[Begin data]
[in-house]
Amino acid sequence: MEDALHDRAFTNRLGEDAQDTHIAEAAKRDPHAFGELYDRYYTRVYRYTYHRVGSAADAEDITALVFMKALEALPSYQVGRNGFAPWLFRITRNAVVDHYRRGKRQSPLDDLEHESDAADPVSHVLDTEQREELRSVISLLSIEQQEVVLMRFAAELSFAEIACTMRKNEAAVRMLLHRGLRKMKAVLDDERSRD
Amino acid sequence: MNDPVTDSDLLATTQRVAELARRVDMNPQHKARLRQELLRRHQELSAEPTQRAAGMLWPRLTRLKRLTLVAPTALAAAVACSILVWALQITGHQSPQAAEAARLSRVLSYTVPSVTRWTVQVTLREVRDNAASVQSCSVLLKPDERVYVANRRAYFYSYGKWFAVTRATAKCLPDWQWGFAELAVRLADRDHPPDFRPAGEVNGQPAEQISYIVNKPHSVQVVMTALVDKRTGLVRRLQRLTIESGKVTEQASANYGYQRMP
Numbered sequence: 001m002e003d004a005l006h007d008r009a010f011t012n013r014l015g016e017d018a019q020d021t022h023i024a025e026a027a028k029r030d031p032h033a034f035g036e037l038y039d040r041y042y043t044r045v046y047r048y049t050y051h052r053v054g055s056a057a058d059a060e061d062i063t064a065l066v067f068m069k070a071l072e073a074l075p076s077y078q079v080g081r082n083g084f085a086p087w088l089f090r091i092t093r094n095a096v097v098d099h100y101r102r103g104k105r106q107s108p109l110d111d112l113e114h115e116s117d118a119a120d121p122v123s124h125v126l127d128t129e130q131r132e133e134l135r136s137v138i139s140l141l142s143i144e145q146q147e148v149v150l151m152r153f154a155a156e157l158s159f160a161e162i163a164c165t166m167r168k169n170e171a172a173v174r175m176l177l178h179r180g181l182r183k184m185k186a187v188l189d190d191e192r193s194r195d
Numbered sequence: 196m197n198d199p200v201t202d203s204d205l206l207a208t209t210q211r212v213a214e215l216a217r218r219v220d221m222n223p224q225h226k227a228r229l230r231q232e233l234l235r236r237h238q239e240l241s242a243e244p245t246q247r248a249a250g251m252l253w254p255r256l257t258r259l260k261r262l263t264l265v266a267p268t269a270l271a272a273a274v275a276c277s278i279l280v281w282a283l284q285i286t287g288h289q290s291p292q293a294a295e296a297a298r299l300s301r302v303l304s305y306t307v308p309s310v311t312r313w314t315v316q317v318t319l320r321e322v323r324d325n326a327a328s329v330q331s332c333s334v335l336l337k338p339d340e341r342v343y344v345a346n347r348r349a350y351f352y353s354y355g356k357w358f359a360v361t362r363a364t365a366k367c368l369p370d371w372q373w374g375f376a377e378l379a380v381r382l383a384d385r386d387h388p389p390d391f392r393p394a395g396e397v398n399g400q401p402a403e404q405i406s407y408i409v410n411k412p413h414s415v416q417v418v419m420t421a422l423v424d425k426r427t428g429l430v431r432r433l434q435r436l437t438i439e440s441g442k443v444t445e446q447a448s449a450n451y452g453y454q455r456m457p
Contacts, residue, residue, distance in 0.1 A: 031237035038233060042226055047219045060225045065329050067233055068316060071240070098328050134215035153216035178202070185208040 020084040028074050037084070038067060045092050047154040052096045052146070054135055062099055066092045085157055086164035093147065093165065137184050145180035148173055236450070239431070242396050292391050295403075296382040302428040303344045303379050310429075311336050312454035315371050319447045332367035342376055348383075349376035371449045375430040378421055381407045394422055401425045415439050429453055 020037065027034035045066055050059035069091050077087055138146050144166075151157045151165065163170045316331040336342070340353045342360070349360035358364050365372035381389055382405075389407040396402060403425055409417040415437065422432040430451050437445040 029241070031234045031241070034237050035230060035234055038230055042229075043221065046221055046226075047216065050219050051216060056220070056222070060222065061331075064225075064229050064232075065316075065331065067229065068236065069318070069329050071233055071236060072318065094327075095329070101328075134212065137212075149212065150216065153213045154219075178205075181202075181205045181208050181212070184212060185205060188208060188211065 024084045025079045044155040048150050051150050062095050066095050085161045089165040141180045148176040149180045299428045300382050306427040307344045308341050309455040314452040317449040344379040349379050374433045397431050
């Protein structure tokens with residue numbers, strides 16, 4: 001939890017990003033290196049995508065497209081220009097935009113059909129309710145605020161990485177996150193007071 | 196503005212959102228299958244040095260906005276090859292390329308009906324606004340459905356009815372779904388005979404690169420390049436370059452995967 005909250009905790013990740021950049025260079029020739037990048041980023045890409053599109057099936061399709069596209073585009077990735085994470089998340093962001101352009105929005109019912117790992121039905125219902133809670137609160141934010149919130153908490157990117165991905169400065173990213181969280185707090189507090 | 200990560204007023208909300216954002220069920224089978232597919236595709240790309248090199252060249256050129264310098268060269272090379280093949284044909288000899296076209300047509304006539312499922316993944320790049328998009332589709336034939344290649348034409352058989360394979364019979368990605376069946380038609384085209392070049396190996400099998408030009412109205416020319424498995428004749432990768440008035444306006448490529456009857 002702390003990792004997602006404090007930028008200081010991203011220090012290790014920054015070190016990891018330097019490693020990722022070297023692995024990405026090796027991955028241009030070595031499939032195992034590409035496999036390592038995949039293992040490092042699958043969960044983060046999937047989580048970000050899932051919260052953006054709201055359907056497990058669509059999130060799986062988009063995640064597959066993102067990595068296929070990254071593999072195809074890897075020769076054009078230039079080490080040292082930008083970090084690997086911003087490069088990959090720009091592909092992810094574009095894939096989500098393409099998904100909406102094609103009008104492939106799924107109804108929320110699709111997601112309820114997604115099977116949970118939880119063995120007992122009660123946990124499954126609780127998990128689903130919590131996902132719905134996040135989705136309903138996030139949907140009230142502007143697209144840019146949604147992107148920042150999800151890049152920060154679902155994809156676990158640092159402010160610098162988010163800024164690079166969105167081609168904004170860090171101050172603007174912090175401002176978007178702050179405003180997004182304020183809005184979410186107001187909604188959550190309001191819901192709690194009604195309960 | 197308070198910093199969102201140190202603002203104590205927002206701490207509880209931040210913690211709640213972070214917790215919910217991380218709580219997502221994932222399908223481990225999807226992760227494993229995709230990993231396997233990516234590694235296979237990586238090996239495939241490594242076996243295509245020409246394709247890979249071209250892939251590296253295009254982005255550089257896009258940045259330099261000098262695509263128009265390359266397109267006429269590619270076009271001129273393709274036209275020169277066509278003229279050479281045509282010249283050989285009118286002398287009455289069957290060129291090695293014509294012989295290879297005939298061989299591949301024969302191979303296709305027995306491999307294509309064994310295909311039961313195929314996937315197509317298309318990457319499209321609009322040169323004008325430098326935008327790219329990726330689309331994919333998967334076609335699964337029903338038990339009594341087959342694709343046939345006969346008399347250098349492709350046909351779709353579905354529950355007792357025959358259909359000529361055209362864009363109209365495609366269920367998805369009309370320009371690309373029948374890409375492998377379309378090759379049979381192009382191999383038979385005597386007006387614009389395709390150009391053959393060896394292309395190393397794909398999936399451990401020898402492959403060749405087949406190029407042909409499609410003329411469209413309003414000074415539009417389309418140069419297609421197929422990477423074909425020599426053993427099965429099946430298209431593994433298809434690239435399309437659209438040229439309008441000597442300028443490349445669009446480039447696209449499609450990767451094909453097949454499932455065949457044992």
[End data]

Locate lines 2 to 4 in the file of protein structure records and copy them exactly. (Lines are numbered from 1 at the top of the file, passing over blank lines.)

Amino acid sequence: MEDALHDRAFTNRLGEDAQDTHIAEAAKRDPHAFGELYDRYYTRVYRYTYHRVGSAADAEDITALVFMKALEALPSYQVGRNGFAPWLFRITRNAVVDHYRRGKRQSPLDDLEHESDAADPVSHVLDTEQREELRSVISLLSIEQQEVVLMRFAAELSFAEIACTMRKNEAAVRMLLHRGLRKMKAVLDDERSRD
Amino acid sequence: MNDPVTDSDLLATTQRVAELARRVDMNPQHKARLRQELLRRHQELSAEPTQRAAGMLWPRLTRLKRLTLVAPTALAAAVACSILVWALQITGHQSPQAAEAARLSRVLSYTVPSVTRWTVQVTLREVRDNAASVQSCSVLLKPDERVYVANRRAYFYSYGKWFAVTRATAKCLPDWQWGFAELAVRLADRDHPPDFRPAGEVNGQPAEQISYIVNKPHSVQVVMTALVDKRTGLVRRLQRLTIESGKVTEQASANYGYQRMP
Numbered sequence: 001m002e003d004a005l006h007d008r009a010f011t012n013r014l015g016e017d018a019q020d021t022h023i024a025e026a027a028k029r030d031p032h033a034f035g036e037l038y039d040r041y042y043t044r045v046y047r048y049t050y051h052r053v054g055s056a057a058d059a060e061d062i063t064a065l066v067f068m069k070a071l072e073a074l075p076s077y078q079v080g081r082n083g084f085a086p087w088l089f090r091i092t093r094n095a096v097v098d099h100y101r102r103g104k105r106q107s108p109l110d111d112l113e114h115e116s117d118a119a120d121p122v123s124h125v126l127d128t129e130q131r132e133e134l135r136s137v138i139s140l141l142s143i144e145q146q147e148v149v150l151m152r153f154a155a156e157l158s159f160a161e162i163a164c165t166m167r168k169n170e171a172a173v174r175m176l177l178h179r180g181l182r183k184m185k186a187v188l189d190d191e192r193s194r195d